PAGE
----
Witness Michelle Bosch leaves the Health Services Preferential Access Inquiry in Calgary, Alberta, on January 14, 2013.
Credits: Mike Drew/Calgary Sun/QMI Agency
Nursing manager Debbie Hyman told a queue-jumping inquiry Monday that vaccinating the Flames among a chaotic, angry crowd enduring long lineups at a mall clinic was unthinkable.
"That didn't even enter my mind as a possibility," said Hyman, adding she felt unsafe enough due to a frustrated crowd's hostility. "I was threatened, trying to do crowd control, there were fights ... I was just bombarded."
The day after about 150 people - Flames players, Flames staff and their families - received the H1N1 vaccine at their team doctor's office, a vaccine shortage was announced and public clinics temporarily closed.
Hyman was fired, along with a superior who she said had tacitly approved the injections.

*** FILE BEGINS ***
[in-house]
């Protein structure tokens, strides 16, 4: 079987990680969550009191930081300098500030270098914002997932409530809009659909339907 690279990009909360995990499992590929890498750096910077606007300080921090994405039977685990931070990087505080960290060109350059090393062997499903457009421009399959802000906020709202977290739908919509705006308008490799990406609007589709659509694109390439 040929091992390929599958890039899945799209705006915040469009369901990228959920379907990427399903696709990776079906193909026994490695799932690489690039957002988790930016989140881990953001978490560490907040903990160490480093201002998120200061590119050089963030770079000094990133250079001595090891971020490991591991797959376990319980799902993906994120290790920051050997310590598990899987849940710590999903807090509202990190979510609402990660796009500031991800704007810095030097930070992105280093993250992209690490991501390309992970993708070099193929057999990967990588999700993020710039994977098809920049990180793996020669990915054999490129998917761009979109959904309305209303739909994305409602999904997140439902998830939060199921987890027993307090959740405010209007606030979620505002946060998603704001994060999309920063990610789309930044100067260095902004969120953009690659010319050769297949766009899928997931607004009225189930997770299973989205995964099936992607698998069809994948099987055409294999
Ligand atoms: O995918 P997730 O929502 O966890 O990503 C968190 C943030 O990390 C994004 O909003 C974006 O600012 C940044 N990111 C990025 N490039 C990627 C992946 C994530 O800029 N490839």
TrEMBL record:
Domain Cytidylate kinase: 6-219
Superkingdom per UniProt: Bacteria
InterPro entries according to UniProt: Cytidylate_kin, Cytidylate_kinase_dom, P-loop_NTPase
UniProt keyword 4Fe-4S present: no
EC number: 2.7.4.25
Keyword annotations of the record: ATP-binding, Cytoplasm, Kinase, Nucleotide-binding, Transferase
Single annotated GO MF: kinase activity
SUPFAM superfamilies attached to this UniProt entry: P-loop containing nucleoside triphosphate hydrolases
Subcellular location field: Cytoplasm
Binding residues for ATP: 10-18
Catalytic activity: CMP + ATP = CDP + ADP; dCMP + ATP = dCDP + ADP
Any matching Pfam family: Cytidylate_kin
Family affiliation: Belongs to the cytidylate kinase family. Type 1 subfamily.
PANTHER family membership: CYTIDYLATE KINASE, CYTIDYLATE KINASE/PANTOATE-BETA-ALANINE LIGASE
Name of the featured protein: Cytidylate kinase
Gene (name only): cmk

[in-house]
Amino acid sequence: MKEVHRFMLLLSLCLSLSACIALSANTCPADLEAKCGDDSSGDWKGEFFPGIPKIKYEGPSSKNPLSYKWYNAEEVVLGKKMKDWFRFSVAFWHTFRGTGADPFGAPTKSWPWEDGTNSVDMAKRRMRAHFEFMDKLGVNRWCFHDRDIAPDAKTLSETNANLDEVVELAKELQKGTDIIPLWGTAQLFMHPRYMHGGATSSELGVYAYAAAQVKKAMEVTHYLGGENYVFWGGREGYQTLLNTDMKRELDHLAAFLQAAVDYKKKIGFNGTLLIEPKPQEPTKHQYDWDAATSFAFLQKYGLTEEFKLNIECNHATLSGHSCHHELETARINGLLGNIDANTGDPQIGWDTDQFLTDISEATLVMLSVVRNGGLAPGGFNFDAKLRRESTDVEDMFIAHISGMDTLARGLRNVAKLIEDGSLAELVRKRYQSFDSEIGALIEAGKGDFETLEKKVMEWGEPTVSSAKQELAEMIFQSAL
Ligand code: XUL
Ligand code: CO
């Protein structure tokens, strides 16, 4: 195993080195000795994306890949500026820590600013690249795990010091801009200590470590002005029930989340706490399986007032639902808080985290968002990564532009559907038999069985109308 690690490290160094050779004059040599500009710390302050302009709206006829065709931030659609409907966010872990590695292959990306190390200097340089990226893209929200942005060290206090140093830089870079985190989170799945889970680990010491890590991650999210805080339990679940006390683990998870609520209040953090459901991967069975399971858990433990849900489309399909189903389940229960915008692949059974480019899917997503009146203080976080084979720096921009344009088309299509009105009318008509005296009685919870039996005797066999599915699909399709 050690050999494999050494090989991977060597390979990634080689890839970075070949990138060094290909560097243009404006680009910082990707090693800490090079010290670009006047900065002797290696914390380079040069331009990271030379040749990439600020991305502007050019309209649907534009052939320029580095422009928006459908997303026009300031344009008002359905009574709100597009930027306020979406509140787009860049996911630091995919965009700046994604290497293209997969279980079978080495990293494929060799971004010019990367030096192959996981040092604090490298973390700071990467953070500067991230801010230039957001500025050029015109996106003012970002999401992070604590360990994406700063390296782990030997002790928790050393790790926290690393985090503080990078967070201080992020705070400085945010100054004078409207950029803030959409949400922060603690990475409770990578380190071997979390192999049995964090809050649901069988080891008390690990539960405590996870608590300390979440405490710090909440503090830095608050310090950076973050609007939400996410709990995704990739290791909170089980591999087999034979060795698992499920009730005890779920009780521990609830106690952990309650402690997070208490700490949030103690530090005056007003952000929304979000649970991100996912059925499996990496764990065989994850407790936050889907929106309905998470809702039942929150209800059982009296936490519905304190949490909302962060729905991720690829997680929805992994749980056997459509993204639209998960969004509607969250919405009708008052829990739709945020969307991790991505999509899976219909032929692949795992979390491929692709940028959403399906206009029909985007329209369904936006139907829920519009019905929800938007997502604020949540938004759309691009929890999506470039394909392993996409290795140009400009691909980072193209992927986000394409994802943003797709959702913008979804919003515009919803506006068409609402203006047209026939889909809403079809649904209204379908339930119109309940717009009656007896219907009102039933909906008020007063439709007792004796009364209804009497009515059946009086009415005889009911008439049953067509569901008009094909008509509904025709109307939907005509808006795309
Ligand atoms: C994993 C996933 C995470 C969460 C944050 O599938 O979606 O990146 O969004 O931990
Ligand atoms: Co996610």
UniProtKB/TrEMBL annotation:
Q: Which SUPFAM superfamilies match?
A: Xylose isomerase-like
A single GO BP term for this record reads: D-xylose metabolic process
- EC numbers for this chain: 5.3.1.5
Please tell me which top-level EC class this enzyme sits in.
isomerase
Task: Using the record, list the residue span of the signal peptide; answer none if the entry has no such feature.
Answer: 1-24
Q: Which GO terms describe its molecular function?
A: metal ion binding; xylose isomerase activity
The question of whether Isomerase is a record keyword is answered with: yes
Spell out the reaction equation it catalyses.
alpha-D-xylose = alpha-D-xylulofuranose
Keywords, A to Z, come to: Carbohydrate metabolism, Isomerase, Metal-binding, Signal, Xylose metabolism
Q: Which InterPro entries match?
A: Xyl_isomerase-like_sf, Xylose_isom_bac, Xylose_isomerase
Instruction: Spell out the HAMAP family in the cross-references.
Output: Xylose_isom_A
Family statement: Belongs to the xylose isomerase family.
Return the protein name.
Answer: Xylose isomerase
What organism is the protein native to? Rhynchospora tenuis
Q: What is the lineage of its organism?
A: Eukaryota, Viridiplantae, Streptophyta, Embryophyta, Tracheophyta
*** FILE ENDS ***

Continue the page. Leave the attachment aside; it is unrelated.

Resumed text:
"I really believed I was doing my job. It really seemed the most efficient way," she said. "We were vaccinating everybody and everybody was the Flames."
Nurse Michelle Bosch, who helped inoculate the Flames party, also defended the decision made by her superiors.
"When I saw the media reports, I was shocked by the response - we had full permission to do this," Bosch told the inquiry, adding she came up with the idea. "If the Flames would have showed up, the lines would have been slower."
The two women's then-boss, Lori Anderson, said upper management was unaware of the private injections until afterwards.
She said having the Flames attend a public clinic would have improved the morale of others.